The landmark EU Migration Agreement “Migration and Asylum Pact” reached under the Spanish Presidency attempts to address a series of key challenges including response to crises, migrant and asylum-seeker empowerment, and expediting asylum applications.

Key Provisions of the New Regulation

The new regulation on asylum and migration management mandates solidarity among EU countries facing migration pressures, allowing other member states to choose between relocating asylum seekers on their territory or providing economic contributions to first-entry EU member states.
Greece, Italy, and Malta stand united as frontline countries against the Netherlands and other counterparts, highlighting the challenges faced by these nations during negotiations.

Mechanism Ensuring Solidarity

The political agreement includes a mechanism to ensure solidarity and measures to support member states experiencing unprecedented inflows of third-country nationals. Special attention is given to countering the instrumentalization of migrants.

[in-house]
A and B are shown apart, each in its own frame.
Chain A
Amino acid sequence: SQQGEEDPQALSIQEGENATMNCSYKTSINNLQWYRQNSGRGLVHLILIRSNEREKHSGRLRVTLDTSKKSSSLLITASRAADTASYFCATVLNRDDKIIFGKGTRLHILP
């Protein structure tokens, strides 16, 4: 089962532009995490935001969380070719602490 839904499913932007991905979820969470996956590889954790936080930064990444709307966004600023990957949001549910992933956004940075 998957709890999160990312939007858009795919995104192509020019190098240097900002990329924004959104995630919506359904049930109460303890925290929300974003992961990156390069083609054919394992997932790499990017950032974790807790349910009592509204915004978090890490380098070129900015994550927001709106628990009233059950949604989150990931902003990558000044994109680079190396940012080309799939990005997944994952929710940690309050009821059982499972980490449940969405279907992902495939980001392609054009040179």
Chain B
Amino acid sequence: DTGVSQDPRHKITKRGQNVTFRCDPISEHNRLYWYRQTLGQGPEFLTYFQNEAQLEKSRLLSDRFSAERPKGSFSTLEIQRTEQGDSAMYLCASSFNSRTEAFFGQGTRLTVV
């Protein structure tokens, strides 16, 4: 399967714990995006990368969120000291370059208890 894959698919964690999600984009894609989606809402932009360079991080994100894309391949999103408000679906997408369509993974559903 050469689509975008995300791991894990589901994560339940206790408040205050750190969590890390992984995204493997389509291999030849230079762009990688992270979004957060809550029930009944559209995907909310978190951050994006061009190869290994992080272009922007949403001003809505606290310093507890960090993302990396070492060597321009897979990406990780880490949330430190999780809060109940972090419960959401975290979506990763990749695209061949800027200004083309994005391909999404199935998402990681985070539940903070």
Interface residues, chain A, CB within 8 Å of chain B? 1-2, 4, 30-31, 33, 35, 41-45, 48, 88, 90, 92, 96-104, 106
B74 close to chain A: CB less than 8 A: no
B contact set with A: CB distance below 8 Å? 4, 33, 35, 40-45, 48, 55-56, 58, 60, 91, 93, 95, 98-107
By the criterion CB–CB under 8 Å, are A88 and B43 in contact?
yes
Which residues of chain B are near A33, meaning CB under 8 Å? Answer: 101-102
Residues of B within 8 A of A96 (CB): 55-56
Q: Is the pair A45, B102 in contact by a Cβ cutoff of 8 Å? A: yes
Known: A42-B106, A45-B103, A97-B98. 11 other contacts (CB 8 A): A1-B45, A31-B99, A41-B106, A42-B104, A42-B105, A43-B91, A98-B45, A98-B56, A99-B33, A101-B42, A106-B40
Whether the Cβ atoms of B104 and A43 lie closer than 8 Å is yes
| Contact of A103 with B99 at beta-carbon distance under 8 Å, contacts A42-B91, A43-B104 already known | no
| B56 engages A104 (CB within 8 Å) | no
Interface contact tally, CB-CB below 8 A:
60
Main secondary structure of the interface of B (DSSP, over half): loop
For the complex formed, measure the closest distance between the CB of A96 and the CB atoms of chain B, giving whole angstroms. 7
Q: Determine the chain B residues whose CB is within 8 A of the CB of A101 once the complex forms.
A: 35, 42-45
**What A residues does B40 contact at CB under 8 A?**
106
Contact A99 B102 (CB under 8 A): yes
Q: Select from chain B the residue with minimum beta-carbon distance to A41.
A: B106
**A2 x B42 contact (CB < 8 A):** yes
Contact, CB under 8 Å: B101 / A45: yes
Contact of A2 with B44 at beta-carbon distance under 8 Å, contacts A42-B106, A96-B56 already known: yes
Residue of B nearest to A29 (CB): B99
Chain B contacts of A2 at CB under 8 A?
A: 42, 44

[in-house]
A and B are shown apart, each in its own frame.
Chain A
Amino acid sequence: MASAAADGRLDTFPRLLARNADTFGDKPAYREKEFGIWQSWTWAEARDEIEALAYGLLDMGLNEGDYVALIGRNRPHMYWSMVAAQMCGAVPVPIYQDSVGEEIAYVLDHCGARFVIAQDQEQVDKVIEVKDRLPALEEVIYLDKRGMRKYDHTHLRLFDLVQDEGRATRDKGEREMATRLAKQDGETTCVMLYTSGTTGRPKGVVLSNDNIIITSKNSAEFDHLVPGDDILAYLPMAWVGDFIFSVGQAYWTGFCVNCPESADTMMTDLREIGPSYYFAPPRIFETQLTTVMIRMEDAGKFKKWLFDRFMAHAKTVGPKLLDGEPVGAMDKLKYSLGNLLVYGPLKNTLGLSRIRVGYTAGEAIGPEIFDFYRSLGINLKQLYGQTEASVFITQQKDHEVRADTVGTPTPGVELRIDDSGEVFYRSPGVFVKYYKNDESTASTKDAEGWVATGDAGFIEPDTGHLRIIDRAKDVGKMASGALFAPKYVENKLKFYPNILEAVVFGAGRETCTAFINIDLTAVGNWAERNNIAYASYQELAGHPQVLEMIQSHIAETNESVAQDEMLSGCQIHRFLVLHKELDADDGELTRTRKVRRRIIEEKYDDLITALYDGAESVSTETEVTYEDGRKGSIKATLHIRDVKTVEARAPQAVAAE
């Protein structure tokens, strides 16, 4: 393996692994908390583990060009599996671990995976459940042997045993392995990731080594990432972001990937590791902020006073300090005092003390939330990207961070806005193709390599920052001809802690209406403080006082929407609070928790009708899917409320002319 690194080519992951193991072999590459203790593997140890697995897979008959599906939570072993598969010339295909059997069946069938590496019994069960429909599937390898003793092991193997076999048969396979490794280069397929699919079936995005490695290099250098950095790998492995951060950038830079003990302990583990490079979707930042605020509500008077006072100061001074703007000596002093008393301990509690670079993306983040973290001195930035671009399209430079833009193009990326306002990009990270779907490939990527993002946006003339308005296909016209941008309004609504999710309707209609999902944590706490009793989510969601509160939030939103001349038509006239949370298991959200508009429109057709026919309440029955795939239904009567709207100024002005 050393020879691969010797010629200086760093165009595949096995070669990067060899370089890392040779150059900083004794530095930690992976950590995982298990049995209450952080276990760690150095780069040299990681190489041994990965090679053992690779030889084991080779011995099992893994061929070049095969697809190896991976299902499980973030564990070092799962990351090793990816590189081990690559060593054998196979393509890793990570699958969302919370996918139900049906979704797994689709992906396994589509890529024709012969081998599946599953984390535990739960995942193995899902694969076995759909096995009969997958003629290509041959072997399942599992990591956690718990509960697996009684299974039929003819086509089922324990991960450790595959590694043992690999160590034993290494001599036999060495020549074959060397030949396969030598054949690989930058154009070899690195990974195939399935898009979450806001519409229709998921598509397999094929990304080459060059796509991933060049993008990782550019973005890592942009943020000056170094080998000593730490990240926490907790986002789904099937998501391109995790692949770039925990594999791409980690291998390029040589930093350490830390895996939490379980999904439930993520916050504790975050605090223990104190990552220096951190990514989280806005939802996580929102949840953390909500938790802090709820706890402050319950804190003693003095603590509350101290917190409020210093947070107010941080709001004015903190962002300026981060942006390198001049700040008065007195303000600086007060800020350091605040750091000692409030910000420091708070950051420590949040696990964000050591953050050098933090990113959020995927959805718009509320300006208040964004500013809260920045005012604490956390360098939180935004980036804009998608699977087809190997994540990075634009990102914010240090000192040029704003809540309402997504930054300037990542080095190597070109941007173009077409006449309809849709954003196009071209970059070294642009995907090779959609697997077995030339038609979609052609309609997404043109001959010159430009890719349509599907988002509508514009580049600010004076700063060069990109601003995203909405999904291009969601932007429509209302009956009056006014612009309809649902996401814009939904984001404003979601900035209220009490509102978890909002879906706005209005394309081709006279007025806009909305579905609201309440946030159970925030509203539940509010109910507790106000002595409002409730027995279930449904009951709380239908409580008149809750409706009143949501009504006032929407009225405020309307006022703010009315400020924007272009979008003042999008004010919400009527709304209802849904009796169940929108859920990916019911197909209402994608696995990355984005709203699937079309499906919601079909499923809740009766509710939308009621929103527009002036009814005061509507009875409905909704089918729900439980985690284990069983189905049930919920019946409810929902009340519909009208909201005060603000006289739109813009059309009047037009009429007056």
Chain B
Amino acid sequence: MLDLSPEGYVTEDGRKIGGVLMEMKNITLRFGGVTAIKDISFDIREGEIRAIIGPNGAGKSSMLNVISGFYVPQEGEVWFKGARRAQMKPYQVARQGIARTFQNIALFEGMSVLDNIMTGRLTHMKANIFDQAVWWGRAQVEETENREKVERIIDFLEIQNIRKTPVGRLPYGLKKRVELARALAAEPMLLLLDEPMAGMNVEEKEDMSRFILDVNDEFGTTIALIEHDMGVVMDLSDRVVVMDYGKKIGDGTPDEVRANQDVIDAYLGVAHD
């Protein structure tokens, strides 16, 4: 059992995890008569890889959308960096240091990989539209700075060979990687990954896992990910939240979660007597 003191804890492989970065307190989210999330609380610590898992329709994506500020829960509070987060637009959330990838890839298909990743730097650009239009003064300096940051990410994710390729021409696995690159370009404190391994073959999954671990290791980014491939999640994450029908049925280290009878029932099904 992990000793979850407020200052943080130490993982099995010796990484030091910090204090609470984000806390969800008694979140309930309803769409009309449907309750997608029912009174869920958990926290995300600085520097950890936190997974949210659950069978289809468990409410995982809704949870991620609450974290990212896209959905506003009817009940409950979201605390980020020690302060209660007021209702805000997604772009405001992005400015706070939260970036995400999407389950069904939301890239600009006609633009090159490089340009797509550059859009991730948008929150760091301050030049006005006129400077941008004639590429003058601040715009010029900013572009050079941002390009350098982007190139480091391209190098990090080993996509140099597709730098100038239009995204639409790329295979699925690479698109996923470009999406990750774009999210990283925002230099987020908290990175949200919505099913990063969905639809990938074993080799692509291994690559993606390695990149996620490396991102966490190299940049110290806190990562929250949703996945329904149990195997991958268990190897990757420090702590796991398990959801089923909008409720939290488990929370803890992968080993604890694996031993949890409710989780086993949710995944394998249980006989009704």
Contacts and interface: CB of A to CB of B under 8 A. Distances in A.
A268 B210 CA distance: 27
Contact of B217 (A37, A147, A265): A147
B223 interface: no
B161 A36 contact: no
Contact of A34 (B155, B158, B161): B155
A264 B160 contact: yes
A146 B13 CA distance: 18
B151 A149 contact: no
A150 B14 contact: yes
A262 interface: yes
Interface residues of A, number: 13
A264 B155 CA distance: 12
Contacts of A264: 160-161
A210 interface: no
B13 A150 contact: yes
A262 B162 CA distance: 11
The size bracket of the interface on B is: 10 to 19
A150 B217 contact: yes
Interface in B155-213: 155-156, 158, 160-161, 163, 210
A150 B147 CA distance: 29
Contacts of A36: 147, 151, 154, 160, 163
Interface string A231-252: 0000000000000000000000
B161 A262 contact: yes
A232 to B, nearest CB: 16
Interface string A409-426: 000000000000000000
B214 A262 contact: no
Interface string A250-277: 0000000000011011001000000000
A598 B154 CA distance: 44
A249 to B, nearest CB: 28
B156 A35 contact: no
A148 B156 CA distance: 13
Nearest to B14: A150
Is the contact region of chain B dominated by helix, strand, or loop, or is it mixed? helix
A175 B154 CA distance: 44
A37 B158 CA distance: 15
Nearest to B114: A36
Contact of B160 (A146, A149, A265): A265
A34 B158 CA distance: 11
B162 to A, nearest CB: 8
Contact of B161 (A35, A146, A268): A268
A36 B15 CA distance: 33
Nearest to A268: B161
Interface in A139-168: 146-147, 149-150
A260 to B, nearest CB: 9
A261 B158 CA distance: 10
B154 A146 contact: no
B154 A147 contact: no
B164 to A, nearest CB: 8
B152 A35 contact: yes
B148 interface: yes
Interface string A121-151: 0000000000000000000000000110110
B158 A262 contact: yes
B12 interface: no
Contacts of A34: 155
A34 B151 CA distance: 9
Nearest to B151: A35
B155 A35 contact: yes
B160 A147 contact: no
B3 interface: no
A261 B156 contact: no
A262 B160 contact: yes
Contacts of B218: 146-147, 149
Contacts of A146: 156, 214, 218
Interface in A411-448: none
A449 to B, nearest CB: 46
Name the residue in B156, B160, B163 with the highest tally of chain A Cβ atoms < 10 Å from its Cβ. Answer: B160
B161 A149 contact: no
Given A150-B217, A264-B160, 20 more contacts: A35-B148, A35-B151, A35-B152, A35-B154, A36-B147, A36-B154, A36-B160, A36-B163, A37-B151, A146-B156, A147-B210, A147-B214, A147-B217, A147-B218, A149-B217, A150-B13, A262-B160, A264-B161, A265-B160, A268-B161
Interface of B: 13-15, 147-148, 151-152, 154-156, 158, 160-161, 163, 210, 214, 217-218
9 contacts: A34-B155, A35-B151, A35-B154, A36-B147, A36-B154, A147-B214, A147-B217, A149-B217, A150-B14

According to the new screening regulation, those not meeting entry requirements into the EU will undergo a preliminary audit, including identification, collection of biometric data, and health, and safety checks, lasting up to seven days. The special needs of children will be considered, and each member state will have an independent monitoring mechanism to ensure respect for fundamental human rights.

“Migration is a European challenge that requires European solutions,” emphasized Ursula von der Leyen, President of the European Commission, in her statement following the announcement of the political agreement on the Migration and Asylum Pact.

Roberta Metsola, President of the European Parliament, stated in her post on the “X” platform that “The EU has reached a milestone agreement on a new set of rules for managing migration and asylum.”

Margaritis Schinas, Vice President of the Commission, emphasized that the agreement opens a new chapter in Europe’s migration policy, providing effective procedures and solidarity.

He also mentioned that the Commission’s proposal in September 2020 came shortly after the fire in Moria, marking the end of an era in European migration policy that the continent wishes to forget.

The next steps entail the European Parliament voting on the political agreement, with the final seal of approval expected from the European Council.